The telecommunications firm's European expansion, a $700 million joint venture announced today with Dutch communications company KPN, calls for a new IP-based fiber optic network in Europe with a transatlantic connection to Qwest's growing domestic footprint.
The joint venture marks another in a string of bold moves for the youthful long distance carrier, underscoring its desire to build the biggest packet-switched network the industry has ever seen. The company's European strategy mirrors its U.S. plan: overbuild a state-of-the-art network, then sell off capacity to other to carriers and corporations to fund the continued network rollout.
But as Qwest nears completion of its domestic network, slated for the second quarter of 1999, the company must begin lighting it up--that is, filling it with traffic. Analysts said data services may be the majority of Qwest's business since the industry is heading in that direction, and many consumers are unfamiliar with Qwest as a long distance brand.
Qwest expects data traffic to eventually account for the majority of the transmissions on its 18,449 miles of fiber, or about two-thirds of the traffic by the year 2000, said Jack McMaster, a senior vice president and acting CEO of the new KPNQwest European business.
McMaster said the demand for capacity and bandwidth in the U.S. and Europe is "mushrooming"--and Qwest is ahead of the curve. But building a network is not a profit-making venture, selling services on a network is.
In order to expand its long distance business, Qwest forged an alliance with regional phone giant US West to market its long distance services. But federal regulators, who have stringent requirements on how local phone companies operate, have squashed the partnership.
When the Federal Communications Commission ruled that established local phone companies could not market Qwest's long distance services, it appeared to be a blow to the upstart long distance carrier. Qwest is appealing the decision.
But analysts said the setback may only be a minor hitch in an otherwise rosy future for the emerging carrier.
Qwest had hoped to market long distance phone service through regional Bell operating companies US West and Ameritech. Qwest and US West already had signed up about 130,000 customers in three weeks for a ten cents per minute offer.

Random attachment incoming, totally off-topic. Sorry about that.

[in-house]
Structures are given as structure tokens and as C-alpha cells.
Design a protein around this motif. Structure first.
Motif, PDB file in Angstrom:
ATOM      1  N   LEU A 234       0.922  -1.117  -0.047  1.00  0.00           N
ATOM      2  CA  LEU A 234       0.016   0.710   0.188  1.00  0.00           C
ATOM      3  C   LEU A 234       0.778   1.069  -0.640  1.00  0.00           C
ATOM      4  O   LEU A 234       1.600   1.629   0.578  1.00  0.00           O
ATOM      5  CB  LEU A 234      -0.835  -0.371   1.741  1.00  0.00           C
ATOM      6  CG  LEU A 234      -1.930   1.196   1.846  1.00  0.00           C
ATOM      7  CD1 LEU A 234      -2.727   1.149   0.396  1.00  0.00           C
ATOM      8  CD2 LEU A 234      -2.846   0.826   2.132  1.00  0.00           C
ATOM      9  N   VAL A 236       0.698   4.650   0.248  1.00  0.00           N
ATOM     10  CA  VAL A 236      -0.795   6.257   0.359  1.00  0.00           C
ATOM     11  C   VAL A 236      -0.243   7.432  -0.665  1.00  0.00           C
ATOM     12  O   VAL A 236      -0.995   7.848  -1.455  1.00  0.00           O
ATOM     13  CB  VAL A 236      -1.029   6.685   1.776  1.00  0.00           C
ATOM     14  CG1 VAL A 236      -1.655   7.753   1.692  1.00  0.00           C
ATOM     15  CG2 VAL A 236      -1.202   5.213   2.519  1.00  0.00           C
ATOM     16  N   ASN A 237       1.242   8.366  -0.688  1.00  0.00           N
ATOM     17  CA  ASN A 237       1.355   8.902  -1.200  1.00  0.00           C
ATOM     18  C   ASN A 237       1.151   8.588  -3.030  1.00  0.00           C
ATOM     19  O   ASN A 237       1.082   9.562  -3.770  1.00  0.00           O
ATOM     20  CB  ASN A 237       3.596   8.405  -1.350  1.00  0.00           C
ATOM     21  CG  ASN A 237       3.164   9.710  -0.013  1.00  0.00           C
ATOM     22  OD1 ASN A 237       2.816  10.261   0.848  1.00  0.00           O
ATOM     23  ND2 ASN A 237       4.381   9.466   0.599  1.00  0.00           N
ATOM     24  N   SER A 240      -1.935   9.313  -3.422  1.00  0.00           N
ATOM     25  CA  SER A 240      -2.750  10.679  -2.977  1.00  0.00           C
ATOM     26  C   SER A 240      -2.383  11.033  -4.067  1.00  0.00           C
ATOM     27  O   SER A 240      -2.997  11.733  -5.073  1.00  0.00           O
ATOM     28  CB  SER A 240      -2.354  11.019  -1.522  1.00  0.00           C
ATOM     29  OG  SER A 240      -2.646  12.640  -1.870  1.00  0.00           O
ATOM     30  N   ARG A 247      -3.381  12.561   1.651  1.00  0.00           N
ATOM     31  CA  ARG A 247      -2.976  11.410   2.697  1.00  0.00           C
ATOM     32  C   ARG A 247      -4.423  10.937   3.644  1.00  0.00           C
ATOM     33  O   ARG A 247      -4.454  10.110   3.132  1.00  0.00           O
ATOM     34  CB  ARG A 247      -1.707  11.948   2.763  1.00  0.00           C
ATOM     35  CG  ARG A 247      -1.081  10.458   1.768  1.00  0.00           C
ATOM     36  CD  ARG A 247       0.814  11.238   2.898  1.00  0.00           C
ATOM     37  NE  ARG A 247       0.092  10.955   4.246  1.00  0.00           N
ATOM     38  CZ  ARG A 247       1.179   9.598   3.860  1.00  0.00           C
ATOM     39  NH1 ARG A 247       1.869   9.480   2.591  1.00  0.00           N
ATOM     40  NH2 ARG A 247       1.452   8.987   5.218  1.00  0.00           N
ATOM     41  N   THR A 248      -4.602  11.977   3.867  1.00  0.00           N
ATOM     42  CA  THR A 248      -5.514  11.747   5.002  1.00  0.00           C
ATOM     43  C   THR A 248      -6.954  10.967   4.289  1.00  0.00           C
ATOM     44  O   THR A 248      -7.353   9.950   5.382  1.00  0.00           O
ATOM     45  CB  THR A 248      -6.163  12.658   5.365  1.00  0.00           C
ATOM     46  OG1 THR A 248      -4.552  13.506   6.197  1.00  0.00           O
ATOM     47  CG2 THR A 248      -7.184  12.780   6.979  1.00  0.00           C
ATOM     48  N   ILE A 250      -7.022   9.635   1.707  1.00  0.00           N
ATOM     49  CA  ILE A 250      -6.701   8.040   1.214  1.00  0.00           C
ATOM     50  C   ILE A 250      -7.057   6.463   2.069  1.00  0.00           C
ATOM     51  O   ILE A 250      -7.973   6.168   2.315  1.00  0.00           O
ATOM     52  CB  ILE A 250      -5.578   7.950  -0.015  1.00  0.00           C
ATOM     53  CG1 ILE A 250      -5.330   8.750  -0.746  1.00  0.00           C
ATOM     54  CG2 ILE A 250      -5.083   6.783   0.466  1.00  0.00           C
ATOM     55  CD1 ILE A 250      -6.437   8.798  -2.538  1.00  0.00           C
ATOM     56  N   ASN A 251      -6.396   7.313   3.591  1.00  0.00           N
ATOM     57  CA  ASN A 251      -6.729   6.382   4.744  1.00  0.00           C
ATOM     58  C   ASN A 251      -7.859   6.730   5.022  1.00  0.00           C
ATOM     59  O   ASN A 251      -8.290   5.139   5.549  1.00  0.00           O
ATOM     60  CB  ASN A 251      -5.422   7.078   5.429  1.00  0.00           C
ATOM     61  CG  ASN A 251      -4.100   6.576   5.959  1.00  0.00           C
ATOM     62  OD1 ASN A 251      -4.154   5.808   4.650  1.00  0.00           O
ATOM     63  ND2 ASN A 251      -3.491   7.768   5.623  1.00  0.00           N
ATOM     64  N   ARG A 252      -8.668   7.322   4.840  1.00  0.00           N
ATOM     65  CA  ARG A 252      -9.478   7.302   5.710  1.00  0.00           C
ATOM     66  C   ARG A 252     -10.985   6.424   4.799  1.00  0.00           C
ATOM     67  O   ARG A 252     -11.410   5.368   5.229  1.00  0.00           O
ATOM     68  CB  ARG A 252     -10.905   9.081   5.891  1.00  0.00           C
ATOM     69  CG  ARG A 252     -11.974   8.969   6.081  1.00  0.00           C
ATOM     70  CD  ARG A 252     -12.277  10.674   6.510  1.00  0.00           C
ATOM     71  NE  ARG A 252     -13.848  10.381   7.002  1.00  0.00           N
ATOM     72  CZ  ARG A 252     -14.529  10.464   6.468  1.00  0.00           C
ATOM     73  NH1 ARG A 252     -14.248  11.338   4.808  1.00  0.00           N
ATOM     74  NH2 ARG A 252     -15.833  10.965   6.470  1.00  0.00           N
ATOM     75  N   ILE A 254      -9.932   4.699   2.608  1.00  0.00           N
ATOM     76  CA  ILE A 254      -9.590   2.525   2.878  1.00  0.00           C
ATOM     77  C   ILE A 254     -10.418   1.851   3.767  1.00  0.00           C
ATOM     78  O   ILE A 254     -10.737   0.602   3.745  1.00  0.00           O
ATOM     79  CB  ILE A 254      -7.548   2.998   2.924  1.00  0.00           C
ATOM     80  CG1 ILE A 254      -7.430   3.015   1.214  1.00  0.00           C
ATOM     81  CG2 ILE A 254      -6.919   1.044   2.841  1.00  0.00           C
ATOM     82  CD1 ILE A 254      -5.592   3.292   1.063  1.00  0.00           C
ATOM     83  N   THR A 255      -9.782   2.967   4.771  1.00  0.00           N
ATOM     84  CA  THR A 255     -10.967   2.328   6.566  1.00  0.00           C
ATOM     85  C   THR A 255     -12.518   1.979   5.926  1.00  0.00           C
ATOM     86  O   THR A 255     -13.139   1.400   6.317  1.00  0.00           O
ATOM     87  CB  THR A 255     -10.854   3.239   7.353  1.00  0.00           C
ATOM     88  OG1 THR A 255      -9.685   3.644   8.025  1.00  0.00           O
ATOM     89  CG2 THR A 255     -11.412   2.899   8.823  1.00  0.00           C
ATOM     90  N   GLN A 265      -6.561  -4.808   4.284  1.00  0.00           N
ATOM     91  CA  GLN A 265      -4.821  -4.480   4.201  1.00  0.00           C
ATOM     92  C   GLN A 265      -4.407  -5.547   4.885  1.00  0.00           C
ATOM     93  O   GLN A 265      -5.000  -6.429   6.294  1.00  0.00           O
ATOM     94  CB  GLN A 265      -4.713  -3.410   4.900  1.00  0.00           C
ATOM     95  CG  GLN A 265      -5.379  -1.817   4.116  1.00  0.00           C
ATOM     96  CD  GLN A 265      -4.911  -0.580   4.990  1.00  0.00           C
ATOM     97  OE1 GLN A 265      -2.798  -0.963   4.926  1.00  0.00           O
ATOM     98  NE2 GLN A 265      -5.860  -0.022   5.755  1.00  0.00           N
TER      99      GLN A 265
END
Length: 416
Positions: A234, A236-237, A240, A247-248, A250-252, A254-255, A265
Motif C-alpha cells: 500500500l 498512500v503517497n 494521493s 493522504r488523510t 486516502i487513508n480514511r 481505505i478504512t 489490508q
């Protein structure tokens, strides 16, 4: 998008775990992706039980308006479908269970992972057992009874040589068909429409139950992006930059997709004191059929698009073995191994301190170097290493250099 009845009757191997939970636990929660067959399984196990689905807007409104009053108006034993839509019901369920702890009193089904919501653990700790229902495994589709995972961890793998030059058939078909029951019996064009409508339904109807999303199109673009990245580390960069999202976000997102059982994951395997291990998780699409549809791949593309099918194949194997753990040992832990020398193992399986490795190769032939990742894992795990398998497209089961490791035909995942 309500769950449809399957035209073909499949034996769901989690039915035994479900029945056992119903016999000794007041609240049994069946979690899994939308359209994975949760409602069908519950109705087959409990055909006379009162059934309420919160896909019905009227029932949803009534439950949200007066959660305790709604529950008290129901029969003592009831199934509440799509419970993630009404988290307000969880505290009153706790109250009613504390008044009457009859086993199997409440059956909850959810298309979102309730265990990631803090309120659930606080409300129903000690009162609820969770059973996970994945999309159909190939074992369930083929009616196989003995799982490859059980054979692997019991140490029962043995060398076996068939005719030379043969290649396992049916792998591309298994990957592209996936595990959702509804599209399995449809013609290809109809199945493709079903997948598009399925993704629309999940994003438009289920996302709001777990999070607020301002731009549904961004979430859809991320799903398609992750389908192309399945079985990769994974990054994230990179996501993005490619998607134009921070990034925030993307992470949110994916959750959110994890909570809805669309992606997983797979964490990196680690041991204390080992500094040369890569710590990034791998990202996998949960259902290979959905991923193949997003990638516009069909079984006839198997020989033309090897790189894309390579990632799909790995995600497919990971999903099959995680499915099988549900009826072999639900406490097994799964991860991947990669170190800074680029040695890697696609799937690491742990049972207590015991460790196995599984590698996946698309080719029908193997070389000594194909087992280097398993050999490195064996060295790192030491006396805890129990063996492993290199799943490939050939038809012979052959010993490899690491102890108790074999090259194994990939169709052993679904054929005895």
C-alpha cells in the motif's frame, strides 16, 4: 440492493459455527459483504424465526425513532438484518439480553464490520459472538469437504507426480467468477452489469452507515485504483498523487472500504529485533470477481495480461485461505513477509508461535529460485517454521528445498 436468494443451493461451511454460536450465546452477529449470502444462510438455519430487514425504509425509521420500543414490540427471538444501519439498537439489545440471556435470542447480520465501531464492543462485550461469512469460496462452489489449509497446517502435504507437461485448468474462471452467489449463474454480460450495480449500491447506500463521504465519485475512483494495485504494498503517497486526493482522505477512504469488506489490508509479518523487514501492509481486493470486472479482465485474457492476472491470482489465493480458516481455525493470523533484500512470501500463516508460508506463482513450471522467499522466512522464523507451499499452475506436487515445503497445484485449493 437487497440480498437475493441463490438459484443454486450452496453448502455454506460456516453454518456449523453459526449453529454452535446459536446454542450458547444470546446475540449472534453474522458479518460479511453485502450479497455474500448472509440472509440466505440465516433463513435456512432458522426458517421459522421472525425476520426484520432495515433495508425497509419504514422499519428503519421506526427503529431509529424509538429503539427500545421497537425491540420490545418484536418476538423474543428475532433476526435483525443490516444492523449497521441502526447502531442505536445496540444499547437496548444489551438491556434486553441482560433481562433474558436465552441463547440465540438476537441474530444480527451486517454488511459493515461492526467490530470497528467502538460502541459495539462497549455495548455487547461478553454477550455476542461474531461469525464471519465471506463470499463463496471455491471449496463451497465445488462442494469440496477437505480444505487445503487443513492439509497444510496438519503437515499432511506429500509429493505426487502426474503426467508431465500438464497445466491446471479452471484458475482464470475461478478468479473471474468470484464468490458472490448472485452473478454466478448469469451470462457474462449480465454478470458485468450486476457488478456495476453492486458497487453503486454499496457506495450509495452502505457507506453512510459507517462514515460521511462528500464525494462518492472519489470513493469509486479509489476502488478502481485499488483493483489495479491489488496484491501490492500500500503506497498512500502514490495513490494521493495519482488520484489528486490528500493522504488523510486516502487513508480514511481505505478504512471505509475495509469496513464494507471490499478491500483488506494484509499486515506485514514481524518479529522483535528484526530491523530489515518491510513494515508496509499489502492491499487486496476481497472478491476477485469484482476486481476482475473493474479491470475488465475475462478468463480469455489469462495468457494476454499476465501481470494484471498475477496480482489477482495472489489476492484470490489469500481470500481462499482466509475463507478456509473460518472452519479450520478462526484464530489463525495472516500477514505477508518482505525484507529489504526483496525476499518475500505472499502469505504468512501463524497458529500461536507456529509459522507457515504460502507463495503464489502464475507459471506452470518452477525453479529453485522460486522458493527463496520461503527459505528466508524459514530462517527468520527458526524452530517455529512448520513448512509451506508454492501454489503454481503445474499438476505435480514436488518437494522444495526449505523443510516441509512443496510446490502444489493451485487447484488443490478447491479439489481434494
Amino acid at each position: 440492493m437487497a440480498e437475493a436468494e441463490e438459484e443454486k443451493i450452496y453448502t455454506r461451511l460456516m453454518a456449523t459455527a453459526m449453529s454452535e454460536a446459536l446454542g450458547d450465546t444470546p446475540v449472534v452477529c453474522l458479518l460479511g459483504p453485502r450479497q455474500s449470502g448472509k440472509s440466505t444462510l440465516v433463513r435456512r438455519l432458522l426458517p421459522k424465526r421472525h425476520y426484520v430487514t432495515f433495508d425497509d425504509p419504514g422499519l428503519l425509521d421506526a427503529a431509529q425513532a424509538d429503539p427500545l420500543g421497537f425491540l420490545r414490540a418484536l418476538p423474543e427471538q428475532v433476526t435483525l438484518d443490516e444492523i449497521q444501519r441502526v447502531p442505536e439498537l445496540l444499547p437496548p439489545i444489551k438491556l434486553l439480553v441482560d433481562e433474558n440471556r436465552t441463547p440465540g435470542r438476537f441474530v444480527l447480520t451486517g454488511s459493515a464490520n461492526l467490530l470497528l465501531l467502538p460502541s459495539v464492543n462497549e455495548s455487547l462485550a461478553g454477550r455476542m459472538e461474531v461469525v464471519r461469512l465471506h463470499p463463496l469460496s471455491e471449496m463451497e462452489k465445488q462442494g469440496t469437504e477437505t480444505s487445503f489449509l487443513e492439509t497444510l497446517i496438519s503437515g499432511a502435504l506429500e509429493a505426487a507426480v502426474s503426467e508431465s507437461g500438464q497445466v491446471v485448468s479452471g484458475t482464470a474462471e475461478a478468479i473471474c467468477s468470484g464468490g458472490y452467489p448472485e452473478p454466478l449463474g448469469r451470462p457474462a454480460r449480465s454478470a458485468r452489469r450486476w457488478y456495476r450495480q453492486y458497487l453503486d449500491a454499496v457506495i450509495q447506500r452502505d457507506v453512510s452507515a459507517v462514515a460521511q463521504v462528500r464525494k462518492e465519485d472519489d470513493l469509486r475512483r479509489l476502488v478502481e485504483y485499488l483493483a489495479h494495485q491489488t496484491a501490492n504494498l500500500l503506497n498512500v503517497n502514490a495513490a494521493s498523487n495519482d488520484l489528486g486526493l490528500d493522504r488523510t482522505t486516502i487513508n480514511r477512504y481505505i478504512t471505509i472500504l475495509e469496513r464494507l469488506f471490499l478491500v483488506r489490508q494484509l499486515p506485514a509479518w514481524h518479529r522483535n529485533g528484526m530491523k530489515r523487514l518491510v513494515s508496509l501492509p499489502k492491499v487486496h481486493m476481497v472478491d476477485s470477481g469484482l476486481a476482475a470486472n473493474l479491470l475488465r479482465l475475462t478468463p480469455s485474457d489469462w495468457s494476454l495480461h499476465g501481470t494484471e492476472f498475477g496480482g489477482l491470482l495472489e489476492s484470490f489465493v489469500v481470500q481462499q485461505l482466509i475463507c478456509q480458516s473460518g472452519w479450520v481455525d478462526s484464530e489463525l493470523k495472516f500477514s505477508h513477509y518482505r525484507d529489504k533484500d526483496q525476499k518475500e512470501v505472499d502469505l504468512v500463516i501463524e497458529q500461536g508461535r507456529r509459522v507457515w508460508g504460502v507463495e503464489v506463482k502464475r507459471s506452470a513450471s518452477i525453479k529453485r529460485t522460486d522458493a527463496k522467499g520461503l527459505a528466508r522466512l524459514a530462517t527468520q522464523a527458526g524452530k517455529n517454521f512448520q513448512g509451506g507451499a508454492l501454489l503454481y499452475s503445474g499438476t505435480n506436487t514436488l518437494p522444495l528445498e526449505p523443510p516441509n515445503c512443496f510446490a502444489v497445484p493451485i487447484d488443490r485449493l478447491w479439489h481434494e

"Qwest was aggressive in striking these marketing agreements," said Mark Langner, a telecommunications services analyst with investment bank Hambrecht & Quist. "It was an opportunistic thing for Qwest to try and do. But it was meant to test the edges of the regulatory environment."
Although Qwest didn't win this regulatory battle, analysts said the effort may have helped to raise the company's profile with the regional phone companies.
"Eventually the RBOCs are going to get loose in long distance and Qwest is better positioned than most to benefit," Langner said. "They're big enough to partner up with an RBOC but they're small enough not to be a real competitive threat."
"[The FCC decision] could cause them to change their strategy a little, but I think there are so many opportunities for Qwest," said Steve Wing, a research analyst at American Frontier, a small cap brokerage based in Denver. "They may still be able to hook up with some of the RBOCs for data services. I don't think this is necessarily the last round in this fight."
"This is a small bump in the road when you're traveling at the speed Qwest is traveling at," McMaster said.
Other observers agree the young company, established in 1997, has plenty of other avenues for making money.
"I don't see the FCC decision as a big blow to Qwest," said Brian Adamik, senior vice president for research at The Yankee Group.
"I think they're best positioned among the emerging carriers from a talent and strategic standpoint. The key for them is no longer building the network but lighting it up," Adamik said. "They're building a network from scratch so they can do it right. That allows them to have a more efficient network."
Dealing With Data
Analysts point to the data services market as the real key industry for Qwest. They said the company's ability to sell voice services will soon be only a small part of its business.
"The deals today are for voice, but tomorrow is about data and Qwest is exceptionally well positioned because of the massive amounts of bandwidth available to them," Langner said. "Qwest's focus will be on selling data services to large businesses and that's very much different from selling domestic long distance voice services."
And Qwest is clear where its profits are coming from.
"Our data business is growing tremendously faster than our voice business," said Qwest spokesman Tyler Gronbach. "We certainly expect our data revenue to outweigh our other revenue in a few years."
Qwest would like a piece of the estimated $40 billion consumer long distance market. The company is already the sixth-largest U.S.-based long distance provider.
"Their network is going to be pretty quiet at night and on weekends when most residential calls are made so they want to capitalize on the consumer market," Adamik said.
Until the need for data services blossoms Qwest will continue to look for opportunities to make money on its network, and that means finding long distance voice customers.
"The network will continue to be built out but the focus is to show return on in investment," Adamik said. "The LCI acquisition is a great example of how they're getting new customers."
Qwest bought LCI International, a long-distance carrier, for $4.4 billion in stock. After the deal Qwest had about 2.3 million customers.
"They will continue to add to that through acquisitions and organic growth," Adamik said.